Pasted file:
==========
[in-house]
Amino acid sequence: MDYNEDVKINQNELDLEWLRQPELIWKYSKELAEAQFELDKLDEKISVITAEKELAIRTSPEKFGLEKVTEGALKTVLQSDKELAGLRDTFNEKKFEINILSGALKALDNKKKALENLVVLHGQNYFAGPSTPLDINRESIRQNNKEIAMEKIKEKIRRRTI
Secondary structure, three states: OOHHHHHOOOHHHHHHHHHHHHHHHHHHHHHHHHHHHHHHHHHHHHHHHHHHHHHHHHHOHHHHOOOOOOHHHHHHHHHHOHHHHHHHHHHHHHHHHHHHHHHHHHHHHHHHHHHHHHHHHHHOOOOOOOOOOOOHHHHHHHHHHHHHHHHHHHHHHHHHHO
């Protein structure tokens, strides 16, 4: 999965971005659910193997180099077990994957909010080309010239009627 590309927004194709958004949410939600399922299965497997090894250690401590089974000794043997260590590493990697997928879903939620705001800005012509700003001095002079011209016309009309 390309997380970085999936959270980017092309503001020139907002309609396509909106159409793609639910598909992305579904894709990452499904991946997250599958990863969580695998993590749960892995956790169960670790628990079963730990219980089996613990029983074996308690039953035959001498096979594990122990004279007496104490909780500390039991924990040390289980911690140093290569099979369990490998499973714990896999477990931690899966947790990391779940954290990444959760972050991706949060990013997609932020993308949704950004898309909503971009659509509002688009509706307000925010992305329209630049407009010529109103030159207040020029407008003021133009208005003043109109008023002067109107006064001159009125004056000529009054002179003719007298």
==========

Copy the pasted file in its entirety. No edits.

[in-house]
Amino acid sequence: MDYNEDVKINQNELDLEWLRQPELIWKYSKELAEAQFELDKLDEKISVITAEKELAIRTSPEKFGLEKVTEGALKTVLQSDKELAGLRDTFNEKKFEINILSGALKALDNKKKALENLVVLHGQNYFAGPSTPLDINRESIRQNNKEIAMEKIKEKIRRRTI
Secondary structure, three states: OOHHHHHOOOHHHHHHHHHHHHHHHHHHHHHHHHHHHHHHHHHHHHHHHHHHHHHHHHHOHHHHOOOOOOHHHHHHHHHHOHHHHHHHHHHHHHHHHHHHHHHHHHHHHHHHHHHHHHHHHHHOOOOOOOOOOOOHHHHHHHHHHHHHHHHHHHHHHHHHHO
């Protein structure tokens, strides 16, 4: 999965971005659910193997180099077990994957909010080309010239009627 590309927004194709958004949410939600399922299965497997090894250690401590089974000794043997260590590493990697997928879903939620705001800005012509700003001095002079011209016309009309 390309997380970085999936959270980017092309503001020139907002309609396509909106159409793609639910598909992305579904894709990452499904991946997250599958990863969580695998993590749960892995956790169960670790628990079963730990219980089996613990029983074996308690039953035959001498096979594990122990004279007496104490909780500390039991924990040390289980911690140093290569099979369990490998499973714990896999477990931690899966947790990391779940954290990444959760972050991706949060990013997609932020993308949704950004898309909503971009659509509002688009509706307000925010992305329209630049407009010529109103030159207040020029407008003021133009208005003043109109008023002067109107006064001159009125004056000529009054002179003719007298």